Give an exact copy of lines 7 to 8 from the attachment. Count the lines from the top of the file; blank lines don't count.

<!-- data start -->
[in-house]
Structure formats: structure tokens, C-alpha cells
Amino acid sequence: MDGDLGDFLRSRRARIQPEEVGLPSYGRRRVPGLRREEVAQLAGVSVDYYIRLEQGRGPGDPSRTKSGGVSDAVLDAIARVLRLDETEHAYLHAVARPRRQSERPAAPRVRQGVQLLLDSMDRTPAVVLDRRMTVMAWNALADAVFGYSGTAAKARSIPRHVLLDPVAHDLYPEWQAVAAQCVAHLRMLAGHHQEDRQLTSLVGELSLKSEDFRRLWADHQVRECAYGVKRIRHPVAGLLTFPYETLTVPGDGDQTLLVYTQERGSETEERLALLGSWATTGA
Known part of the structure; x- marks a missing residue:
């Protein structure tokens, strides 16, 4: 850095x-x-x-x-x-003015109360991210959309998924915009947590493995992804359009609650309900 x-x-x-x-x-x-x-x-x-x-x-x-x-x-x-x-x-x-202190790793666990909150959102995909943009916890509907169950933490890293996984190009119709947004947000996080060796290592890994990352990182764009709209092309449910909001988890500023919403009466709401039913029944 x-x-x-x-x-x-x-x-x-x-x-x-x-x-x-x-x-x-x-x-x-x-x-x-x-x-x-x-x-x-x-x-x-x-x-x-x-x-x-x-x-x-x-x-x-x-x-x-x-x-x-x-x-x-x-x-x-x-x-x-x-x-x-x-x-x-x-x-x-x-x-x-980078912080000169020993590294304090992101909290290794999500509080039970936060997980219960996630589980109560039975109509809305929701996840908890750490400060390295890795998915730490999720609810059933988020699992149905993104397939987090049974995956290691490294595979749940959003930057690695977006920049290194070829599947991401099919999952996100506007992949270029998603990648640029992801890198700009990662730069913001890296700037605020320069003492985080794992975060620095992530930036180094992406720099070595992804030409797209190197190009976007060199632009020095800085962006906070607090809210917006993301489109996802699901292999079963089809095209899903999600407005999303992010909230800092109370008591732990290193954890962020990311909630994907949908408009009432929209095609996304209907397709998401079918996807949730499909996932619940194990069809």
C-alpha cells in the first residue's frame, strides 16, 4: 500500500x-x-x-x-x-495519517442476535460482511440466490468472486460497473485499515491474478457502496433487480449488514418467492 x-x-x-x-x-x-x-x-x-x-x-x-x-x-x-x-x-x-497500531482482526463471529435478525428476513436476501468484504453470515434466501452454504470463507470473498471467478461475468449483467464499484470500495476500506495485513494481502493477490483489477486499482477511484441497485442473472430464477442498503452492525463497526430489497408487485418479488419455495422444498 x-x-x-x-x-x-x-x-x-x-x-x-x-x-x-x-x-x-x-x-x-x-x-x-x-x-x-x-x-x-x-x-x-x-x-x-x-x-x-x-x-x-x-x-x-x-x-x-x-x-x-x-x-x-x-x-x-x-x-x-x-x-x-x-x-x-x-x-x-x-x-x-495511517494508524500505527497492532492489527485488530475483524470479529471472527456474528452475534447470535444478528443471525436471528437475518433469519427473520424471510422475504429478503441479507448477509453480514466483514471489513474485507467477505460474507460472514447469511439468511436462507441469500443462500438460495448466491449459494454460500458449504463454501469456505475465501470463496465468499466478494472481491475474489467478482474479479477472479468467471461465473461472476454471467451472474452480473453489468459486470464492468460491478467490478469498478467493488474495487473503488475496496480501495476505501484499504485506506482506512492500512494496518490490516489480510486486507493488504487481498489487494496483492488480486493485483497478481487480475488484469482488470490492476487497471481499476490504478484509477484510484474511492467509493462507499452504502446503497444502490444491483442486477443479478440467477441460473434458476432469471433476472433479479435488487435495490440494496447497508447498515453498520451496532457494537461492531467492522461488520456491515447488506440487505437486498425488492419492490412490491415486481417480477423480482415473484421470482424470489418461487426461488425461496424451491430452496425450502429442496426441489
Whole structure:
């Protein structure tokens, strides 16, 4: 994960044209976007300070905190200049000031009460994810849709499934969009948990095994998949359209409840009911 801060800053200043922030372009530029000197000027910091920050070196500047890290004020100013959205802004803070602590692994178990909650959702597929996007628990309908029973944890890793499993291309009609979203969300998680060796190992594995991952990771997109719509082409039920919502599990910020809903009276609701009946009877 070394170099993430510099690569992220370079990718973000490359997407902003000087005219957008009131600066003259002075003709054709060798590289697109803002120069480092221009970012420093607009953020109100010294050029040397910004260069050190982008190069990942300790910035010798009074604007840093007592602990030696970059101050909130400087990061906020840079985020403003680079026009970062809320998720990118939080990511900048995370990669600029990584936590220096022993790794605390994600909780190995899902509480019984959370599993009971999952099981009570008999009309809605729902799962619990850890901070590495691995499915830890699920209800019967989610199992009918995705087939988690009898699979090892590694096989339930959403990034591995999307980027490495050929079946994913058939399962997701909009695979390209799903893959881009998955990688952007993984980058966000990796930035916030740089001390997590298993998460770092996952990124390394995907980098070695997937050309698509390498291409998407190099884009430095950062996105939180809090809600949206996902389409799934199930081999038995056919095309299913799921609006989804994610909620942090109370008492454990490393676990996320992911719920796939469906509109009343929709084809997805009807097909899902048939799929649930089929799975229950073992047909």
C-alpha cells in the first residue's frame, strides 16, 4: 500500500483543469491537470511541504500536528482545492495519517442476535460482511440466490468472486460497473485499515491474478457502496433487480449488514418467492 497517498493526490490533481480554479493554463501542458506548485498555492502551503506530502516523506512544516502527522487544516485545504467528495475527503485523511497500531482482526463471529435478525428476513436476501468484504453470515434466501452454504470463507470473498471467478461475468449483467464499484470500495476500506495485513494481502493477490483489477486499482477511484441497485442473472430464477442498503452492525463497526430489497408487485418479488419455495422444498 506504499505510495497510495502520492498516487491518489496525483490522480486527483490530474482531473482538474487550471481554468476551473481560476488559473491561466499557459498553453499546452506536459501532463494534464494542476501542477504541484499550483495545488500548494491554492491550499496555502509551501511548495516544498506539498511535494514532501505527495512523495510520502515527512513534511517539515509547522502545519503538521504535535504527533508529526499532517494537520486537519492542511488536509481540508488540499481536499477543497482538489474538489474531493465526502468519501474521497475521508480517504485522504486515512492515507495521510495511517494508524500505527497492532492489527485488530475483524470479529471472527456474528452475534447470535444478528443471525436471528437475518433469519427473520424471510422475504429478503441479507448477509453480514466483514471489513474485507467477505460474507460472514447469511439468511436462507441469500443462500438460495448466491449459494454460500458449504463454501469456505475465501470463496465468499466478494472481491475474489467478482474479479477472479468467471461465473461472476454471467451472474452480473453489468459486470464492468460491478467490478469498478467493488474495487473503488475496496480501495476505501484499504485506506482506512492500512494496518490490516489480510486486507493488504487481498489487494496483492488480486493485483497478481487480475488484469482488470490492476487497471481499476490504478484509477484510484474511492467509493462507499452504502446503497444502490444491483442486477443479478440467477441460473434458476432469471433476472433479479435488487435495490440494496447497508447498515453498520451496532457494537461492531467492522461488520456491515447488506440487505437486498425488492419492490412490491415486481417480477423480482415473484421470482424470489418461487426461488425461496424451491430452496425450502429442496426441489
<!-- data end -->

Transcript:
Whole structure:
């Protein structure tokens, strides 16, 4: 994960044209976007300070905190200049000031009460994810849709499934969009948990095994998949359209409840009911 801060800053200043922030372009530029000197000027910091920050070196500047890290004020100013959205802004803070602590692994178990909650959702597929996007628990309908029973944890890793499993291309009609979203969300998680060796190992594995991952990771997109719509082409039920919502599990910020809903009276609701009946009877 070394170099993430510099690569992220370079990718973000490359997407902003000087005219957008009131600066003259002075003709054709060798590289697109803002120069480092221009970012420093607009953020109100010294050029040397910004260069050190982008190069990942300790910035010798009074604007840093007592602990030696970059101050909130400087990061906020840079985020403003680079026009970062809320998720990118939080990511900048995370990669600029990584936590220096022993790794605390994600909780190995899902509480019984959370599993009971999952099981009570008999009309809605729902799962619990850890901070590495691995499915830890699920209800019967989610199992009918995705087939988690009898699979090892590694096989339930959403990034591995999307980027490495050929079946994913058939399962997701909009695979390209799903893959881009998955990688952007993984980058966000990796930035916030740089001390997590298993998460770092996952990124390394995907980098070695997937050309698509390498291409998407190099884009430095950062996105939180809090809600949206996902389409799934199930081999038995056919095309299913799921609006989804994610909620942090109370008492454990490393676990996320992911719920796939469906509109009343929709084809997805009807097909899902048939799929649930089929799975229950073992047909």